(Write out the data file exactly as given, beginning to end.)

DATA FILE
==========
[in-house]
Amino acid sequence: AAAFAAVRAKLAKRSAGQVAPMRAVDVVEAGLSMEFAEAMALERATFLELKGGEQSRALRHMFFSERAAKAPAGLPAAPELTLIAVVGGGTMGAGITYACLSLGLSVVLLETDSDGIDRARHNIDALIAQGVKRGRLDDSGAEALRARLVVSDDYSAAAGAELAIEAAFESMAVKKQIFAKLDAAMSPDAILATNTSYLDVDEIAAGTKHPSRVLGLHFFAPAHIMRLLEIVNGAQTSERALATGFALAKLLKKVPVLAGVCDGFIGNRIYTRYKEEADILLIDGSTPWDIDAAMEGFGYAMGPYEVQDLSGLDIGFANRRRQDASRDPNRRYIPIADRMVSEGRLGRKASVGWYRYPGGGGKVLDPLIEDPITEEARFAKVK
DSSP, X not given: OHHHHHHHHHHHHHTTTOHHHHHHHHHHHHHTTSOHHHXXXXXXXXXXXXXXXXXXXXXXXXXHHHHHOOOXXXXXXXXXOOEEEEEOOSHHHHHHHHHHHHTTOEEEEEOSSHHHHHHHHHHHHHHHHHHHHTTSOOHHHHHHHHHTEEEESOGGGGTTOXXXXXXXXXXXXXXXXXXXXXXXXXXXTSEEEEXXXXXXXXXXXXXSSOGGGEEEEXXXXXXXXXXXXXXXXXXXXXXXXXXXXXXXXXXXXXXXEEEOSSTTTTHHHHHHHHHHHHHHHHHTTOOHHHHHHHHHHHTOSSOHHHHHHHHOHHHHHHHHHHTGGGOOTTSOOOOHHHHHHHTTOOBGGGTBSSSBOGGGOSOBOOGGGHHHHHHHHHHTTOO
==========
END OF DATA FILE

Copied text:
[in-house]
Amino acid sequence: AAAFAAVRAKLAKRSAGQVAPMRAVDVVEAGLSMEFAEAMALERATFLELKGGEQSRALRHMFFSERAAKAPAGLPAAPELTLIAVVGGGTMGAGITYACLSLGLSVVLLETDSDGIDRARHNIDALIAQGVKRGRLDDSGAEALRARLVVSDDYSAAAGAELAIEAAFESMAVKKQIFAKLDAAMSPDAILATNTSYLDVDEIAAGTKHPSRVLGLHFFAPAHIMRLLEIVNGAQTSERALATGFALAKLLKKVPVLAGVCDGFIGNRIYTRYKEEADILLIDGSTPWDIDAAMEGFGYAMGPYEVQDLSGLDIGFANRRRQDASRDPNRRYIPIADRMVSEGRLGRKASVGWYRYPGGGGKVLDPLIEDPITEEARFAKVK
DSSP, X not given: OHHHHHHHHHHHHHTTTOHHHHHHHHHHHHHTTSOHHHXXXXXXXXXXXXXXXXXXXXXXXXXHHHHHOOOXXXXXXXXXOOEEEEEOOSHHHHHHHHHHHHTTOEEEEEOSSHHHHHHHHHHHHHHHHHHHHTTSOOHHHHHHHHHTEEEESOGGGGTTOXXXXXXXXXXXXXXXXXXXXXXXXXXXTSEEEEXXXXXXXXXXXXXSSOGGGEEEEXXXXXXXXXXXXXXXXXXXXXXXXXXXXXXXXXXXXXXXEEEOSSTTTTHHHHHHHHHHHHHHHHHTTOOHHHHHHHHHHHTOSSOHHHHHHHHOHHHHHHHHHHTGGGOOTTSOOOOHHHHHHHTTOOBGGGTBSSSBOGGGOSOBOOGGGHHHHHHHHHHTTOO